Performance Guarantee Tutorial

Describes how to maintain performance guarantees when writing a software package on a data paged platform.

Data paging can affect performance guarantees. When writing software for a data paged platform, you need to perform an impact assessment on the components of your application. To do so, you perform the following analyses and implement the appropriate mitigation for the impacts you discover:

  • Static analysis,

  • Use case analysis, and

  • IPC analysis.

  • Perform a static analysis of the impact of data paging on your code.

    1. List all the executables in your package, indicating their size and pageability.

    2. For each item in the list identify its static dependencies, indicating their size and pageability.

    3. For each item in the list identify its dynamic dependencies, indicating their size and pageability. For instance, note whether the component is a plug-in to a framework or is itself a framework.
    The purpose of collecting this information is to identify which executables are most likely to be impacted by data paging.
  • Perform a use case analysis of the impact of data paging on your code. It is good practice to distinguish between use cases involving real time and performance critical performance guarantees. You do not need to cover use cases which do not involve guarantees of this kind.
    1. List all the use cases for the component which involve real time performance guarantees. Real time use cases are those having very strict response time guarantees and also those involving an acceptable user perception of behaviour.
      • Video playback,

      • VoIP phone calls, and

      • File download over USB.

      Examples of use cases involving acceptable user perception are:
    2. List all the use cases for the component which involve performance critical guarantees. This means the bench-marked use cases by which the performance of the operating system is measure. Examples of use cases having a strict response time are:
      • Standard boot time,

      • Application start-up time, and

      • Camera image capture time.

    3. Identify compound cases involving both real time and performance critical guarantees. An example of a compound case is receiving a text message while playing MP3 audio.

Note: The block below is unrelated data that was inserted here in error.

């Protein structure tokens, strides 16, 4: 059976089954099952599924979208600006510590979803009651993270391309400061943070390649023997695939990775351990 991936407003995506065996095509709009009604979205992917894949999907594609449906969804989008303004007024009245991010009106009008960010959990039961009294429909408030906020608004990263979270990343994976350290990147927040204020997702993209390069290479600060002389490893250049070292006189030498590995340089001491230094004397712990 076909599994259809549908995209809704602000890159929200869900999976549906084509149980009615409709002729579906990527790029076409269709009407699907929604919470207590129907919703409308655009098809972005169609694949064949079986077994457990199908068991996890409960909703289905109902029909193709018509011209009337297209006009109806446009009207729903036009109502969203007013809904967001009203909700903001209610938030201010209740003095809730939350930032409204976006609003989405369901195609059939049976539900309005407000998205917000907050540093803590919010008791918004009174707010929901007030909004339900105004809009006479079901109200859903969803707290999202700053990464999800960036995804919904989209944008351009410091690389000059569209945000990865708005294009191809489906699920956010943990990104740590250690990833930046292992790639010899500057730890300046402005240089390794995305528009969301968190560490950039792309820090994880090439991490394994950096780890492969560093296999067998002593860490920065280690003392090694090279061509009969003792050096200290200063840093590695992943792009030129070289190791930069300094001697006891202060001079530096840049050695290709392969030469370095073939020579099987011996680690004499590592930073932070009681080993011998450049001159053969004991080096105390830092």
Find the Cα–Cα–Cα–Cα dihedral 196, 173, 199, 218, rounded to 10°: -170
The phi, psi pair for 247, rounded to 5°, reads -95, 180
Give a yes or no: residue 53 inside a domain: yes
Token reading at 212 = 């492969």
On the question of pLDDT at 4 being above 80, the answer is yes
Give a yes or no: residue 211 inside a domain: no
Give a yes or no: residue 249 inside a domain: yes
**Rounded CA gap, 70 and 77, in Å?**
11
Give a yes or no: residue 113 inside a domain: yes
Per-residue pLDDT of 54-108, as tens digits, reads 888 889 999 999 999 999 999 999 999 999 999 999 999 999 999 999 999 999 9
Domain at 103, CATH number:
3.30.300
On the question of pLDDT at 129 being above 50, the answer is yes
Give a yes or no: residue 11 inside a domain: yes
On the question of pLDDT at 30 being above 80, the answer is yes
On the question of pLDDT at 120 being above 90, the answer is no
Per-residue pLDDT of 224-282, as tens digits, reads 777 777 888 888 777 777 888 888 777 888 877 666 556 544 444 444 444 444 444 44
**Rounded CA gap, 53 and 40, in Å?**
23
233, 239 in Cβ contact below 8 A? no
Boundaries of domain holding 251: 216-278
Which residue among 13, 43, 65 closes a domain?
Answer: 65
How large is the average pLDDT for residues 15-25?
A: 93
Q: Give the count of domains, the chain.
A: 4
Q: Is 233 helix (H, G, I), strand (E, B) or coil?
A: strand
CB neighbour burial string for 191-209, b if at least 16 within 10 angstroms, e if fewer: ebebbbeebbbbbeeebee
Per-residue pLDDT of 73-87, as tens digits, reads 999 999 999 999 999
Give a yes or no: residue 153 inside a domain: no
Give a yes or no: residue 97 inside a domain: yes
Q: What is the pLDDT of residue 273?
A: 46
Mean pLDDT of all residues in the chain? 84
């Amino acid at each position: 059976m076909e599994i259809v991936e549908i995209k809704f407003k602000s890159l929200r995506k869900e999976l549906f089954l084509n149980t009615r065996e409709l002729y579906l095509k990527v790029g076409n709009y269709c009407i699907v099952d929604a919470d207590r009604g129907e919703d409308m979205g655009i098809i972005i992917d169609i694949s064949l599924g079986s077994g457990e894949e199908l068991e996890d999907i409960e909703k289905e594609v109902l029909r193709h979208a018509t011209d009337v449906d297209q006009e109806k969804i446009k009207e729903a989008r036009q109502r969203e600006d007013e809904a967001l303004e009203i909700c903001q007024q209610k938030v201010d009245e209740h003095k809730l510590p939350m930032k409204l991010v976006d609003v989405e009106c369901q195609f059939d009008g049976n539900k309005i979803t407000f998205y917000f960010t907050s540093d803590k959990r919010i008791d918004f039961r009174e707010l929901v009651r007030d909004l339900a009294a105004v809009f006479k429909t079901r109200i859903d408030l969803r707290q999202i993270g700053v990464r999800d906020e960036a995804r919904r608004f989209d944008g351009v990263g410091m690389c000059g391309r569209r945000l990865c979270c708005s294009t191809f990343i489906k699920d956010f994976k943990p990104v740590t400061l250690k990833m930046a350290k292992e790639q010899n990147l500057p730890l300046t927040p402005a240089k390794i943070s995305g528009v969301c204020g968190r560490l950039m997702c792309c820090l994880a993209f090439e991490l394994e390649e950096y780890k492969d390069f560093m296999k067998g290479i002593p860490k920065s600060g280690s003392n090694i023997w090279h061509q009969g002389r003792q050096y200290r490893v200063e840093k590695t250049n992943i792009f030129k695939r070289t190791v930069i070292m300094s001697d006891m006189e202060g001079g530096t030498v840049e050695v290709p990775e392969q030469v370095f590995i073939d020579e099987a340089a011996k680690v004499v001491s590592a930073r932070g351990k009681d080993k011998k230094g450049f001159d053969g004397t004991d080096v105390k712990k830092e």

• Perform an IPC analysis of the impact of data paging on your code.
    1. Identify all performance critical or real time servers which the component interacts with.
    2. List each case where these servers read paged data from a client's address space. In this case, paged data includes:
      • Paged heaps and stacks,

      • RAM-loaded code, and

      • Read only XIP data structures including

        • bitmaps,

        • constant descriptors,

        • constant data arrays in code,

        • data files accessed through a pointer, and

        • exported DLL data.

    3. Identify all cases of custom architectures where one thread reads from another thread's address space.
  • Take steps to mitigate the impacts of data paging which you have identified, as appropriate to each case.
    1. Protect the real time and performance critical code paths. These paths will have been identified in the static analysis of the component. There are two ways of protecting them.
      • For all use cases, ensure that the minimum paging cache size is large enough to accommodate both the protected code path and any other paged data required at the same time.

        This method of protection may not always be practical, because compound use cases may involve unpredictable amounts of data which exceed the size of the paging cache.

      • Make the protected code path unpaged. Mark the code itself as unpaged, and either mark whole regions of memory as unpaged or pin memory to ensure that it is unpaged.

    2. Redesign the component architecture to isolate areas where data paging impacts on performance. Examples of this are:
      • Separating the data plane and the control plane, and

      • Splitting a monolithic library into paged and unpaged parts.

    3. Use code paging or XIP ROM paging to mitigate the impact of paging. For instance, a monolithic library with static dependences may only need to be partially loaded, and some dependencies may not need to be loaded at all.

    4. Mitigate the impact of data paging on IPC using the techniques set out in the document Device Driver Writing Technology Tutorial